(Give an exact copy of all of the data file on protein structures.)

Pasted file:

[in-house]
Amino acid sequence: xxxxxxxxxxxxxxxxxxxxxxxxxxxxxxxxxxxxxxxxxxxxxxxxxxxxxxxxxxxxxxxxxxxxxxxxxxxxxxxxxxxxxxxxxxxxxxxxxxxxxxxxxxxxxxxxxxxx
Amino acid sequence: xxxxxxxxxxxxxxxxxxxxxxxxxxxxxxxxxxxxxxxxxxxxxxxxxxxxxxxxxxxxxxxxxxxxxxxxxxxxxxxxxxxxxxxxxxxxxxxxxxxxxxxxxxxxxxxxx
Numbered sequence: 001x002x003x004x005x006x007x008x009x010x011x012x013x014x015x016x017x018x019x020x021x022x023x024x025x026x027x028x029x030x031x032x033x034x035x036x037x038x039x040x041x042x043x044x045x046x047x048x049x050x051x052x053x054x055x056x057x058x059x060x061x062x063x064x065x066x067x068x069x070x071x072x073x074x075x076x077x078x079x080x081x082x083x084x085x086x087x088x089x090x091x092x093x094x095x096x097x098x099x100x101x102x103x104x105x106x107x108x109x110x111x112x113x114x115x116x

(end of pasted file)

[in-house]
Amino acid sequence: xxxxxxxxxxxxxxxxxxxxxxxxxxxxxxxxxxxxxxxxxxxxxxxxxxxxxxxxxxxxxxxxxxxxxxxxxxxxxxxxxxxxxxxxxxxxxxxxxxxxxxxxxxxxxxxxxxxx
Amino acid sequence: xxxxxxxxxxxxxxxxxxxxxxxxxxxxxxxxxxxxxxxxxxxxxxxxxxxxxxxxxxxxxxxxxxxxxxxxxxxxxxxxxxxxxxxxxxxxxxxxxxxxxxxxxxxxxxxxx
Numbered sequence: 001x002x003x004x005x006x007x008x009x010x011x012x013x014x015x016x017x018x019x020x021x022x023x024x025x026x027x028x029x030x031x032x033x034x035x036x037x038x039x040x041x042x043x044x045x046x047x048x049x050x051x052x053x054x055x056x057x058x059x060x061x062x063x064x065x066x067x068x069x070x071x072x073x074x075x076x077x078x079x080x081x082x083x084x085x086x087x088x089x090x091x092x093x094x095x096x097x098x099x100x101x102x103x104x105x106x107x108x109x110x111x112x113x114x115x116x